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Jun Tanaka

By the time Jun was twenty-seven, he was a seriously accomplished chef who had experienced some of the country’s toughest and most revered kitchens. He left Restaurant Marco Pierre White to take a job working with Daniel Boulud, but ended up not taking it because his girlfriend at the time didn’t want to move. Instead, he became junior sous at The Square under Phil Howard. ‘What I loved about Phil’s food was that you wanted to eat everything on the menu – there weren’t just two or three dishes that really stood out. That might sound obvious, but that’s a very hard thing to achieve. I loved working there.’

Despite his impeccable ability, Jun had yet to gain much experience actually running a kitchen, so he went back to The Capital after a year at The Square to become Eric Chavot’s sous chef. Here, he was part of the team that gained the restaurant two Michelin stars, and started to create his own dishes and take charge of the kitchen in Eric’s absence. This gave him the confidence to take his first head chef job, at a small neighbourhood restaurant called Chives, before becoming executive chef of Pearl at the Chancery Court Hotel in Holborn. After helping build it from the ground up, he stayed there for an impressive eight years, before finally deciding to start looking into opening his own restaurant at the end of 2012.

‘I’d always thought becoming an executive chef for a group of restaurants was where I wanted my career to end up, but in those final few years at Pearl I realised I wanted to create an idea from scratch that was completely mine without any interference from anyone else,’ he explains. ‘I gave myself a year to find a suitable site, but it ended up taking three!’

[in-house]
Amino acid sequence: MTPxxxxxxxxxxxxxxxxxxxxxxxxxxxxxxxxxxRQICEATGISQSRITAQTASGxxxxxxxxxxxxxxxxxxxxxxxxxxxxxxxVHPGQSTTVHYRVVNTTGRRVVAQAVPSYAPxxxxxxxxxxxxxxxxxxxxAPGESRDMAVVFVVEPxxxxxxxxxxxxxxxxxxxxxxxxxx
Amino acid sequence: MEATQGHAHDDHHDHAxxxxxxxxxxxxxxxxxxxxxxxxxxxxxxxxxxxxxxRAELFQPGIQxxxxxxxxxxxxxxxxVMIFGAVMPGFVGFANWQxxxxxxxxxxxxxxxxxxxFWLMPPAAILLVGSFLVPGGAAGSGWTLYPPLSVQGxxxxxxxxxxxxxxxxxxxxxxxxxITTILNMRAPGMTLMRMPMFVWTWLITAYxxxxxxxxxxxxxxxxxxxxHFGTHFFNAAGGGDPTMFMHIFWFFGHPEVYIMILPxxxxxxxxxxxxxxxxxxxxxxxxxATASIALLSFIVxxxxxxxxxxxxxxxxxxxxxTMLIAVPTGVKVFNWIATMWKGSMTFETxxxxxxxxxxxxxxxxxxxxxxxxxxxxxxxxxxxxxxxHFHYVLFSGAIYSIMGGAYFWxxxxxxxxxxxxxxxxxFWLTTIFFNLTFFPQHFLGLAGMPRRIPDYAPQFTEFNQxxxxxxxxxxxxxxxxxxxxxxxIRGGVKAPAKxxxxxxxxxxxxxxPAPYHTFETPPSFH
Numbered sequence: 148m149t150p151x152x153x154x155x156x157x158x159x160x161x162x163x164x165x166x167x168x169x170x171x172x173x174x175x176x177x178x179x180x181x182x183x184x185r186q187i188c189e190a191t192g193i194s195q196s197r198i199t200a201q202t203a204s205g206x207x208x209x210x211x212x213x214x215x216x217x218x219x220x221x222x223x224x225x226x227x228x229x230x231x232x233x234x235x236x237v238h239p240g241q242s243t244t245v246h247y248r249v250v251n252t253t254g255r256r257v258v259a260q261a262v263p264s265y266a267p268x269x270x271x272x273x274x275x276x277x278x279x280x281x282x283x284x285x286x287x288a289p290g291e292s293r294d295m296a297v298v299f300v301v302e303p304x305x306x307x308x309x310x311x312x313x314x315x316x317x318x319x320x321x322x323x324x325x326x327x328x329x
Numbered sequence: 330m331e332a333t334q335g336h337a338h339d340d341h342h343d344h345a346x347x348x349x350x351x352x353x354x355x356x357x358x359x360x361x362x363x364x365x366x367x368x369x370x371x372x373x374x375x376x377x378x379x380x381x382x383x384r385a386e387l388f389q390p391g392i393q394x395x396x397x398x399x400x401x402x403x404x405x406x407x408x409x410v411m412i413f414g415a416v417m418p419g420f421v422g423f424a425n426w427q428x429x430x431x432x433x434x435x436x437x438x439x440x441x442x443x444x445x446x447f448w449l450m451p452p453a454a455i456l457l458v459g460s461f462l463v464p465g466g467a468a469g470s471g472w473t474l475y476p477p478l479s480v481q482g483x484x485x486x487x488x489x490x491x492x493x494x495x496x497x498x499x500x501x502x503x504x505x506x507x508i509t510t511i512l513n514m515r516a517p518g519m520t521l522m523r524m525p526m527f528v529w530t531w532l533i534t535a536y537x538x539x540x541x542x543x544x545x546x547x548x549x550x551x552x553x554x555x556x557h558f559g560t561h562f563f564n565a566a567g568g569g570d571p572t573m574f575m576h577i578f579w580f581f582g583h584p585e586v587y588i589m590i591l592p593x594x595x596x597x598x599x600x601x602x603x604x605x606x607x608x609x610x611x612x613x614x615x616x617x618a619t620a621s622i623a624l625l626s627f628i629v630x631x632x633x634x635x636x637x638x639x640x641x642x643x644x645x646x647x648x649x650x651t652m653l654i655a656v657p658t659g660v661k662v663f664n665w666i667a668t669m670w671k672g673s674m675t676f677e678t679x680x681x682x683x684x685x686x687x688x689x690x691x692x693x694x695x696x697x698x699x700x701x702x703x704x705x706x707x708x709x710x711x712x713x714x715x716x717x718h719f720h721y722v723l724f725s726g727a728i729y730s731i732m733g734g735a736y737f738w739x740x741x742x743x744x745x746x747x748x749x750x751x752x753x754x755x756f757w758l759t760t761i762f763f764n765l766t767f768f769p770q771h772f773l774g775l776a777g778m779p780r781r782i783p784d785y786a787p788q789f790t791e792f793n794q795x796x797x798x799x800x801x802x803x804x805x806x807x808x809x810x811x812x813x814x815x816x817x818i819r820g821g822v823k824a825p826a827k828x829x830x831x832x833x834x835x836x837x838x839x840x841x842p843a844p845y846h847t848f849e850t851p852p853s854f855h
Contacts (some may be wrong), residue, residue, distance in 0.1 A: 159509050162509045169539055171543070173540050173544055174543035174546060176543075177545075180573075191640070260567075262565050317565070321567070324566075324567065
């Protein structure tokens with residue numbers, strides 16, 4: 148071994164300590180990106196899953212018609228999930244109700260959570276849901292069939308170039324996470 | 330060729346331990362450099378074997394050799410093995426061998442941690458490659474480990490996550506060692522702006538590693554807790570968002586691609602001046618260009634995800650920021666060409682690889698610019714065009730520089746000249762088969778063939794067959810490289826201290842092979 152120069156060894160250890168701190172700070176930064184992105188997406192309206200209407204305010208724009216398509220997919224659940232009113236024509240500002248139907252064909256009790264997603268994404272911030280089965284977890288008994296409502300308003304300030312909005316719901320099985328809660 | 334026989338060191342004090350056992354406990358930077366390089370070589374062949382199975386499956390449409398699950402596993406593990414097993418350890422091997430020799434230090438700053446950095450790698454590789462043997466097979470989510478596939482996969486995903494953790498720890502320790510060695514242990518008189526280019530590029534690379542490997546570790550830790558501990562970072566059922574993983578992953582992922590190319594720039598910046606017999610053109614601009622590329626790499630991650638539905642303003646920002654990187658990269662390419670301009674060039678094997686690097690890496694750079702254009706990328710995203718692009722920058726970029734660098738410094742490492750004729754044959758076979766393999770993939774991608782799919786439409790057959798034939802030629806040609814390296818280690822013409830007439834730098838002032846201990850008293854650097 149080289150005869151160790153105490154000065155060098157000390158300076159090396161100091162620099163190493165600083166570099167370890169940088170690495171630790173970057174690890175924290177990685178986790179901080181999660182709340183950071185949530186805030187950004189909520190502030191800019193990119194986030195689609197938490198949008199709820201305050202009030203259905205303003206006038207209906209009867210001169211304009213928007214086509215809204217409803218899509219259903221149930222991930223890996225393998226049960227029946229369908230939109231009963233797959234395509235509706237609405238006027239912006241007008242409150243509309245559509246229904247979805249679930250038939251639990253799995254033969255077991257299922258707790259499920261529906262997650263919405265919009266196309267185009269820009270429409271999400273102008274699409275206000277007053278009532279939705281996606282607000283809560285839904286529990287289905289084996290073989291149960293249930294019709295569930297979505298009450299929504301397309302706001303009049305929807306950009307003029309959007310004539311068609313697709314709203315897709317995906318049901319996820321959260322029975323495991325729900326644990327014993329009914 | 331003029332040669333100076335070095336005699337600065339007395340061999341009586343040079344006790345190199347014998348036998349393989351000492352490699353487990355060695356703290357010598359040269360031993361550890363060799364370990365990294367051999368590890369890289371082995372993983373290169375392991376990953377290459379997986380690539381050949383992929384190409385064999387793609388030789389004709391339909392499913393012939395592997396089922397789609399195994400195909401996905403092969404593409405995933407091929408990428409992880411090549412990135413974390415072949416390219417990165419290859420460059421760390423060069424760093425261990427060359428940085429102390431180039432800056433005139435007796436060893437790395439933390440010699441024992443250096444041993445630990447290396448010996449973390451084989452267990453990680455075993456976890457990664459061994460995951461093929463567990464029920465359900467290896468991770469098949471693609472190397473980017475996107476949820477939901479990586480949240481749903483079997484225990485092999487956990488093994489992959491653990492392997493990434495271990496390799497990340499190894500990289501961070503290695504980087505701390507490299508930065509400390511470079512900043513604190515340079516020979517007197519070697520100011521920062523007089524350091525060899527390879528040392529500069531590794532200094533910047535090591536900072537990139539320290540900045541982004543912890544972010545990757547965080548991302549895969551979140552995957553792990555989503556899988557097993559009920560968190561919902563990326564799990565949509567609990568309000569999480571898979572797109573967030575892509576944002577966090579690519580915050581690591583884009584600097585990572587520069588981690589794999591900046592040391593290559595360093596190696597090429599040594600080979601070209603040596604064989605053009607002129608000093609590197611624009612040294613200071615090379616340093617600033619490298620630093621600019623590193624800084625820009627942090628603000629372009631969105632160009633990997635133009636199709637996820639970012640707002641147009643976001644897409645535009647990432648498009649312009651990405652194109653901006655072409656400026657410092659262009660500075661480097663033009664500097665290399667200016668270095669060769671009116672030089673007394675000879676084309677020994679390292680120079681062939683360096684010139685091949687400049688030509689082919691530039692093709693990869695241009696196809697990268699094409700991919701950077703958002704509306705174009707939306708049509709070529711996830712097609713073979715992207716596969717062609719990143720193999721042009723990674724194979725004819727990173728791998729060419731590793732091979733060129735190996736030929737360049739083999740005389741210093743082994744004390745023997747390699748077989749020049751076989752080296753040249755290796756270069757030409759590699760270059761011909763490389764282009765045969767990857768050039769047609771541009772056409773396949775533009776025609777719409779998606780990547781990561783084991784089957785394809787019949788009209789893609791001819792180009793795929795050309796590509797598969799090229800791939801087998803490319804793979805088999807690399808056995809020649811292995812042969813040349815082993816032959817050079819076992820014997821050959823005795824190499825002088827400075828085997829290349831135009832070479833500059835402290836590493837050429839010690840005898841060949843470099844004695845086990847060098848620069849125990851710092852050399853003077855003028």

Jun’s determination to not compromise on the site paid off, however, as in 2015 The Ninth – named because it is the ninth restaurant he’s worked at – quickly became one of Fitzrovia’s most popular restaurants. Offering affordable small plates in a relaxed environment, it showcases Jun’s incredible classical background with flecks of Mediterranean flair.

‘I’d always worked in classical French kitchens because when I was starting out, all the top restaurants were French,’ he says. ‘The longer I cooked that style of food, the more I realised how complex and historically interesting it is. It’s also the best base for looking at other types of cooking from around the world – without it I don’t think you can really get to the heart of gastronomy. So I combined French classical cooking with Mediterranean food – which is what I like to eat at home – and put it in relaxed surroundings with a neighbourhood restaurant atmosphere.’

The Ninth was an instant hit, but the real boost to the business came when it received a Michelin star in 2016. ‘It was a genuine surprise – we were never aiming for one or thinking about it, so that made it even better,’ says Jun. ‘Without question winning it has been the highlight of my career, and it made a big difference to the restaurant and was a great reward for the team here.’

Despite the Michelin star and Jun’s background in classical, white tablecloth-style restaurants, The Ninth has an incredibly casual, laidback feel to it – although the food is crafted with expert precision and plate after plate comes out consistently excellent. For an affordable, delicious masterclass in classical technique and French-Mediterranean flavours, there isn’t a better restaurant in London to book a table at.

Three things you should know

In 2009, Jun launched a street catering van with Mark Jankel called Street Kitchen – one of the first high-end street food concepts in the UK.

Jun has made numerous TV appearances, including winning the final of the cooking competition Chopped Champions, using the $50,000 prize money to help set up The Ninth.

Jun also has his own cookbook, Simple to Sensational, which was published in 2009.